07 10

Kano Made In the Manor Parlophone

For those who never got to tune into the right pirate broadcasts, grime is a genre that has primarily existed on a track-by-track basis. Whether it’s Pulse X or Shutdown, according to the wider music listening public, the genre’s most pivotal moments have been – with the exception of Boy In Da Corner – one-offs. Today however, grime finds itself at the centre of the UK’s attention, embraced more than ever by the mainstream and with it the pressures of a mainstream artist; and that includes albums.

Made in the Manor then is one of the first major full-lengths of grime 2.0; except, it’s not really grime. Over the course of 13 tracks (15 if you count the bonuses) Kano explores the vast spectrum of UK bass and rap music, incorporating everything from hip-hop, to neo-soul, to garage.

Kicking off with Hail, a Rustie-assisted anthem featuring 80s metal guitar riffs, melodramatic church bells and a Next Hype sample, Kano reintroduces himself with aggression. However it’s second track T-Shirt Weather in the Manor that really sets the tone for the album. A lighter, piano-led beat allows Kano room to breathe, reminiscing about summers in the city. From chasing down ice-cream vans to dancehall parties, it’s a seemingly idyllic picture of the MC’s roots. Listen a little deeper however, and the police siren sampled in the beat hints at the ‘sweet summers turn[ed] sinister’ detailed on the second verse.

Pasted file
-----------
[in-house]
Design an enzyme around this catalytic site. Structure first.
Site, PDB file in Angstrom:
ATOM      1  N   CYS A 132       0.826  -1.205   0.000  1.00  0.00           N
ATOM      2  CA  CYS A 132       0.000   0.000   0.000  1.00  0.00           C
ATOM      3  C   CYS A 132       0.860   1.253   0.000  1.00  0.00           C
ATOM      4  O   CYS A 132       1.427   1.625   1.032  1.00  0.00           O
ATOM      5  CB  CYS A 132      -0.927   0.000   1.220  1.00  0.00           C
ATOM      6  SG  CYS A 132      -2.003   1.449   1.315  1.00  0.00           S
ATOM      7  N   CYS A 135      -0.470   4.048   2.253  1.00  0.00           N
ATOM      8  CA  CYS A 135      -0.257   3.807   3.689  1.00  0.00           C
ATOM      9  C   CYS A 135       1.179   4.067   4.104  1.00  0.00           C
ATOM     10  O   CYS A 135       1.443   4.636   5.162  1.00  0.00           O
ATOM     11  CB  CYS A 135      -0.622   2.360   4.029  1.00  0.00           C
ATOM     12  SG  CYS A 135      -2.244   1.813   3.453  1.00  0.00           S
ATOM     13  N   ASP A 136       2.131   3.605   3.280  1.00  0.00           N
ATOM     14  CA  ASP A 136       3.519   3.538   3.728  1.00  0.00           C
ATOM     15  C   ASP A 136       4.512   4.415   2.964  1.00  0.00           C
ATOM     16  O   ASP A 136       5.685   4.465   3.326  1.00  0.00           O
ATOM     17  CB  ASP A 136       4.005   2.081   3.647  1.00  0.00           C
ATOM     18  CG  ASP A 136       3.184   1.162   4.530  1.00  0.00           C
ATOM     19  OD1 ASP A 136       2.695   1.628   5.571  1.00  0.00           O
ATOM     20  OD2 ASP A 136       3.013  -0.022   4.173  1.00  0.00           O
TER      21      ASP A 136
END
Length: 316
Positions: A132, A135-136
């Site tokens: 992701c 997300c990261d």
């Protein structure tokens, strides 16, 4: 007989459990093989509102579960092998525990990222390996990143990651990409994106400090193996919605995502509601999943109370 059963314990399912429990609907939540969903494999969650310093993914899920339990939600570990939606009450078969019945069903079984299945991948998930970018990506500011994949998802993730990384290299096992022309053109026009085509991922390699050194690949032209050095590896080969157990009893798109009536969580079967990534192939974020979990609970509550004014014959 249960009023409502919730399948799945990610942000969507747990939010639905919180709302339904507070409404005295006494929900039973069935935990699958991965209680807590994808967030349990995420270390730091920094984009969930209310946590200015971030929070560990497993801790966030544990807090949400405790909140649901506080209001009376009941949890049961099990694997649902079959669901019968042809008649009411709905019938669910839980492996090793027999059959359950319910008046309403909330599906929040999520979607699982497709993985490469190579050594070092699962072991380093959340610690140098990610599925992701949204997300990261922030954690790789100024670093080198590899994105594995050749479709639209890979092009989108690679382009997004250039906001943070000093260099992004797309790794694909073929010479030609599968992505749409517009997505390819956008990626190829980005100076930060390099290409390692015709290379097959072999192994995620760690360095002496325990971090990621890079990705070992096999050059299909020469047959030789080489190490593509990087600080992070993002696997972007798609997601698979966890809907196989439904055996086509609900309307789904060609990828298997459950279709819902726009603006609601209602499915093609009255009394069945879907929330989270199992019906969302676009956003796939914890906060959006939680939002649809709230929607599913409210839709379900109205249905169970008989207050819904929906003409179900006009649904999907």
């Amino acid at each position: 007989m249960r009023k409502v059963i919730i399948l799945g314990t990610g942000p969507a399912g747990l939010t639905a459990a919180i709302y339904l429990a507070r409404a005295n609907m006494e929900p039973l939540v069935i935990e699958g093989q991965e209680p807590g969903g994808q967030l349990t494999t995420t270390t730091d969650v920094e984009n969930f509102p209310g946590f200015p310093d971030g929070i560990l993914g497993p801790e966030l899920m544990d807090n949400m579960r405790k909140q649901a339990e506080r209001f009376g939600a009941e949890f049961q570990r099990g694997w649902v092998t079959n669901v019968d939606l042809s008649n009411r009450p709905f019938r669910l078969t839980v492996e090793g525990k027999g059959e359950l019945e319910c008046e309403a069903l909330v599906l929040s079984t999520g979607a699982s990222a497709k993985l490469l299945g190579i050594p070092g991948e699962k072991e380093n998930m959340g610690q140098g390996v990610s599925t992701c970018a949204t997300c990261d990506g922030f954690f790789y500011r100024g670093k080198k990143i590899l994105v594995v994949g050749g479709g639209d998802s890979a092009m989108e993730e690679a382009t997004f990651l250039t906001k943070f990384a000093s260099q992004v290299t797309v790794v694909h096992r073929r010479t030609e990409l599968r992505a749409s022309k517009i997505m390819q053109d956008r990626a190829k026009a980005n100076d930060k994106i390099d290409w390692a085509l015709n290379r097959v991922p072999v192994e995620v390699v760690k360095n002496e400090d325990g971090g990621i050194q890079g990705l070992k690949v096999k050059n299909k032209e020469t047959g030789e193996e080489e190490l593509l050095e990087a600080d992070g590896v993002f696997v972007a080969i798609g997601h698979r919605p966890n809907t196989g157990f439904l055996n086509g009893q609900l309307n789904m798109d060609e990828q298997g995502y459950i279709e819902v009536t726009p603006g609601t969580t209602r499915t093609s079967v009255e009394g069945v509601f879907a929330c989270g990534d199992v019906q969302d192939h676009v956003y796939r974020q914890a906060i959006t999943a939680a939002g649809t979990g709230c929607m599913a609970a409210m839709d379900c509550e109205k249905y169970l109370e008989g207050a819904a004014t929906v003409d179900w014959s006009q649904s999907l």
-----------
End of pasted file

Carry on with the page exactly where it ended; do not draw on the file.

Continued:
Meanwhile, This Is England’s hip-hop beat and K-a’s Mike Skinner-eqsue patriotism lend it a more rueful quality than the bangers that precede it on the album. Indeed, influence of The Streets’ more bittersweet material crops up throughout; from the wailing slow-jam Little Sis to the Damon Albarn featuring Deep Blues.

It’s fitting that Kano should choose this moment in grime’s history to reflect on his roots. However this indulgent insistence on looking back wears thin and, by the time the album closes with My Sound, you can’t help but wish Kano had come back with more raw appeal.